College of the Atlantic Visits Pembroke Elementary School

From Left to Right: D.Jamieson (Principal), H. Westall and L. Fuller (students), R. Griffith (ELA 7/8), B. Renaud (ELA 5/6), and Linda Fuller (Associate Director of Curriculum, College of the Atlantic).

Submitted by Debbie Jamieson, Principal of Pembroke Elementary and Darlene Bassett, Literacy Coach and Maine DOE, School Turnaround.

On February 6, 2019, Linda Fuller, Ed.D., Associate Director of Educational Studies at the College of the Atlantic, made a long awaited visit to Pembroke Elementary School in Pembroke, Maine.  Linda had contacted the school last year in response to a post on the Commissioner’s blog highlighting the student success with Richardson’s Guided Reading Model. She coordinated the visit with Chelsey Fortin-Tremble, Maine DOE Director of the ESEA Federal Programs and the School Turnaround Team, and Deborah Jamieson, Principal of the Pembroke Elementary School. Plans were made for her students – teachers in training – to visit two teachers, Rosie Griffith – Grades 7/8 ELA Teacher and Beckery Renaud – Grades 5/6 ELA Teacher and Lead Teacher for Pembroke. Both teachers have combined grade levels in their classrooms.

The visit began with a debriefing between the teachers and their visitors.  Beckery and Rosie shared the profiles of their groups (anonymously) based on assessments and teacher observations.  Then they provided a framework for the instruction the guests were about to observe.  This session was interactive, allowing the visitors to pose questions and share opinions.

Visitors then observed Beckery Renaud in the 5/6 ELA Lesson teaching using Reading Street’s readers.  As always, Beckery’s focus was comprehension.

She prompted students to make connections between themselves and the texts, reviewed the nonfiction format, and supported them while they learned strategies on how to access information using this text structure. Meanwhile, the rest of the class worked independently on their own learning for the day.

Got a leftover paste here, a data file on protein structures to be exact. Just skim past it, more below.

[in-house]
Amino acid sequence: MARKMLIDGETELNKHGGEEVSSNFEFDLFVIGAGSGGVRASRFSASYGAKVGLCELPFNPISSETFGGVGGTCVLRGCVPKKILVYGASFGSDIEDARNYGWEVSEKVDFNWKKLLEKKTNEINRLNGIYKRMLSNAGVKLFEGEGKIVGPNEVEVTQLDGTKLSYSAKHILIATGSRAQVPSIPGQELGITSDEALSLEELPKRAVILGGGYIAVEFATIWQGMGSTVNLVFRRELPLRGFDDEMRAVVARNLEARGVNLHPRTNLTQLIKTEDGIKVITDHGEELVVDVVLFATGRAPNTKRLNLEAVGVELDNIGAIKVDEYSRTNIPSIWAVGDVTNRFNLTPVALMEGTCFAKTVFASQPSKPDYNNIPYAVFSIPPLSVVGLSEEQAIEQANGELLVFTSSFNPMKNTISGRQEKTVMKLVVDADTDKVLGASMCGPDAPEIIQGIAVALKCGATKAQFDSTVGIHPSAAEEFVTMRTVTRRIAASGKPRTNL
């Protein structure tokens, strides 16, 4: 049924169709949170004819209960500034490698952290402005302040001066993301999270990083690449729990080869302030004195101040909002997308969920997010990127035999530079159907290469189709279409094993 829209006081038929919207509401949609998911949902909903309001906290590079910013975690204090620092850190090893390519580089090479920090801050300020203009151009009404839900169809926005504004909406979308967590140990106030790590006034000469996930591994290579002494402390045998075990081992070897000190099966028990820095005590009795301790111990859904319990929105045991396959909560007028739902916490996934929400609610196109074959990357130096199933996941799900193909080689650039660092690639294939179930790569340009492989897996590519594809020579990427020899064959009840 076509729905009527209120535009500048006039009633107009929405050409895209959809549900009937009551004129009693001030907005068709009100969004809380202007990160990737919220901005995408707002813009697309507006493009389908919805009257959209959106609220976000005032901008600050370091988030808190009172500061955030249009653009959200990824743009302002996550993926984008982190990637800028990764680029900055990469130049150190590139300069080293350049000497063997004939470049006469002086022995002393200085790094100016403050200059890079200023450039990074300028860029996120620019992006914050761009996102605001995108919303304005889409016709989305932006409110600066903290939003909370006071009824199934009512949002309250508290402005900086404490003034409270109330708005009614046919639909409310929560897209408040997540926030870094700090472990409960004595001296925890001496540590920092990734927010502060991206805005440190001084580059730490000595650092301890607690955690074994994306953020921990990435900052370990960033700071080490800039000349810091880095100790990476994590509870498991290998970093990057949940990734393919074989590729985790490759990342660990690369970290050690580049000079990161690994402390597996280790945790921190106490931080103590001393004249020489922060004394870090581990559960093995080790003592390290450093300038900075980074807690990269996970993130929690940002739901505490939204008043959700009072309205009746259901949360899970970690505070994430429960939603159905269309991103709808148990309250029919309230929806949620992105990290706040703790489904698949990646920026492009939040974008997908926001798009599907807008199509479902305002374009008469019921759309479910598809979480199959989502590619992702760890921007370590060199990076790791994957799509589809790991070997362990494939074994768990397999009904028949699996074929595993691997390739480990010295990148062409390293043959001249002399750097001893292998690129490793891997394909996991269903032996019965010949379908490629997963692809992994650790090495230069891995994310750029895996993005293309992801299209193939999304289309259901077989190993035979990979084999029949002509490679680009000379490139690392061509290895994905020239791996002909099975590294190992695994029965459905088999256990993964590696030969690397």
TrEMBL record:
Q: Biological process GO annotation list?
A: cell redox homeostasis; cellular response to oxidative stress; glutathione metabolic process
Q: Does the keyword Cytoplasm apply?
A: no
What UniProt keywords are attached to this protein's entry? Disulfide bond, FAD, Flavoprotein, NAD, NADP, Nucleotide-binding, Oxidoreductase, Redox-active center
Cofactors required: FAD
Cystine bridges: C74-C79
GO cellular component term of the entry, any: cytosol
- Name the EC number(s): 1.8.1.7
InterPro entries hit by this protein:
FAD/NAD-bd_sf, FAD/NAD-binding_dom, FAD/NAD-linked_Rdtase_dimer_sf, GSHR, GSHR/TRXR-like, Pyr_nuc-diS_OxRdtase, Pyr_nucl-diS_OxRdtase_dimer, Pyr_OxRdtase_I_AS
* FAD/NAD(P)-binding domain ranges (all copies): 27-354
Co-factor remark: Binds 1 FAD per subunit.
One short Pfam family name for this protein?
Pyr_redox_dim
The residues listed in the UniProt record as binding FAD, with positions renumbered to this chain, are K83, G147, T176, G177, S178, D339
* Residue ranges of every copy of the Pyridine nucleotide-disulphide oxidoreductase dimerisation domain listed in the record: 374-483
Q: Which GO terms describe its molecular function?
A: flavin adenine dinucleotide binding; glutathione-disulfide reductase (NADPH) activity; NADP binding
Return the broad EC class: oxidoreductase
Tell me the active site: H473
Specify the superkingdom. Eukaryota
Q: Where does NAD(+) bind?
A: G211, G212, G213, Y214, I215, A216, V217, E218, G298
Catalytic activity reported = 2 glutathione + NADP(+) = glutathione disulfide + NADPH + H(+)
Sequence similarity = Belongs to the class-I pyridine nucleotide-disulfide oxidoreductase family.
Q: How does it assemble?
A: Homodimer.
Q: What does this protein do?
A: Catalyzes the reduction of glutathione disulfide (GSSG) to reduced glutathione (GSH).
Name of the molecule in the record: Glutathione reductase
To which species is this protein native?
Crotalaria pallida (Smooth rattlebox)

Next, the guests observed in Rosie Griffith’s room.  Rosie’s classroom was organized in the same manner.  Students were focused and engaged at their desks, working on individual learning, while Rosie introduced a new book, A Day No Pigs Would Die. Rosie scaffolded students as they made predictions after previewing the book.  She put a heavy emphasis on each student’s metacognitive process and we observed as students made links and explained their thinking.

After the observations were completed, we re-grouped for the final debriefing.

Deb Jamieson was able to join us.  We discussed many issues drawing on the insights of both teachers and administrators alike.  The student visitors were well informed and eager to learn and teach!  Everyone had a delightful day and learned a great deal from one another.

We would like to thank Linda Fuller and her team for taking the time to visit Pembroke.  Great things are happening in Maine Schools.  Many, like this implementation, require a huge commitment of time and energy to the students we serve.  Young educators need to know they have the opportunity to join a dedicated cadre of teachers and administrators in the field who are looking forward to growing with you and making Maine kids’ lives as good as they can be.  We welcome you on board.

Here are some pictures from the day: